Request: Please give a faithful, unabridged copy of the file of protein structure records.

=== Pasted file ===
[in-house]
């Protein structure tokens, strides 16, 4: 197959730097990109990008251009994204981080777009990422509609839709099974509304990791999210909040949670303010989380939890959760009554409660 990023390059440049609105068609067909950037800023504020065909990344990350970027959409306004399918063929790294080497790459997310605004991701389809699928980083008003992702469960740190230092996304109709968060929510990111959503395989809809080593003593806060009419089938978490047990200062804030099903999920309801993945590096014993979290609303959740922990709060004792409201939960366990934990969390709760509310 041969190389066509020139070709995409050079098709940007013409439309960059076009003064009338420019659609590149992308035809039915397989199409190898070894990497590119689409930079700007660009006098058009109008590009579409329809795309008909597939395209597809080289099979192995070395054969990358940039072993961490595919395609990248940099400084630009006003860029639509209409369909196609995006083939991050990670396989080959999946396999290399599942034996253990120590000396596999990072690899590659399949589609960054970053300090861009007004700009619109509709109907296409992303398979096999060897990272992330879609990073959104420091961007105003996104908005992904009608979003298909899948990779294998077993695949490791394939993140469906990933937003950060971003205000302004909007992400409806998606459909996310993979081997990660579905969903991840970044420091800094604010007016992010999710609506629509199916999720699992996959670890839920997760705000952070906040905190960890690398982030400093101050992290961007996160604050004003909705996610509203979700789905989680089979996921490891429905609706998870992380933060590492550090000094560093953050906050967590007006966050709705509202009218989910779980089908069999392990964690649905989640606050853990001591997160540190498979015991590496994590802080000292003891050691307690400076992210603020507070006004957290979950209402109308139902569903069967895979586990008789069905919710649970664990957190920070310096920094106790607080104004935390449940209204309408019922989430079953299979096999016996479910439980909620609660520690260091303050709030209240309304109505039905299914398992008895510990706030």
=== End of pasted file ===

[in-house]
């Protein structure tokens, strides 16, 4: 197959730097990109990008251009994204981080777009990422509609839709099974509304990791999210909040949670303010989380939890959760009554409660 990023390059440049609105068609067909950037800023504020065909990344990350970027959409306004399918063929790294080497790459997310605004991701389809699928980083008003992702469960740190230092996304109709968060929510990111959503395989809809080593003593806060009419089938978490047990200062804030099903999920309801993945590096014993979290609303959740922990709060004792409201939960366990934990969390709760509310 041969190389066509020139070709995409050079098709940007013409439309960059076009003064009338420019659609590149992308035809039915397989199409190898070894990497590119689409930079700007660009006098058009109008590009579409329809795309008909597939395209597809080289099979192995070395054969990358940039072993961490595919395609990248940099400084630009006003860029639509209409369909196609995006083939991050990670396989080959999946396999290399599942034996253990120590000396596999990072690899590659399949589609960054970053300090861009007004700009619109509709109907296409992303398979096999060897990272992330879609990073959104420091961007105003996104908005992904009608979003298909899948990779294998077993695949490791394939993140469906990933937003950060971003205000302004909007992400409806998606459909996310993979081997990660579905969903991840970044420091800094604010007016992010999710609506629509199916999720699992996959670890839920997760705000952070906040905190960890690398982030400093101050992290961007996160604050004003909705996610509203979700789905989680089979996921490891429905609706998870992380933060590492550090000094560093953050906050967590007006966050709705509202009218989910779980089908069999392990964690649905989640606050853990001591997160540190498979015991590496994590802080000292003891050691307690400076992210603020507070006004957290979950209402109308139902569903069967895979586990008789069905919710649970664990957190920070310096920094106790607080104004935390449940209204309408019922989430079953299979096999016996479910439980909620609660520690260091303050709030209240309304109505039905299914398992008895510990706030």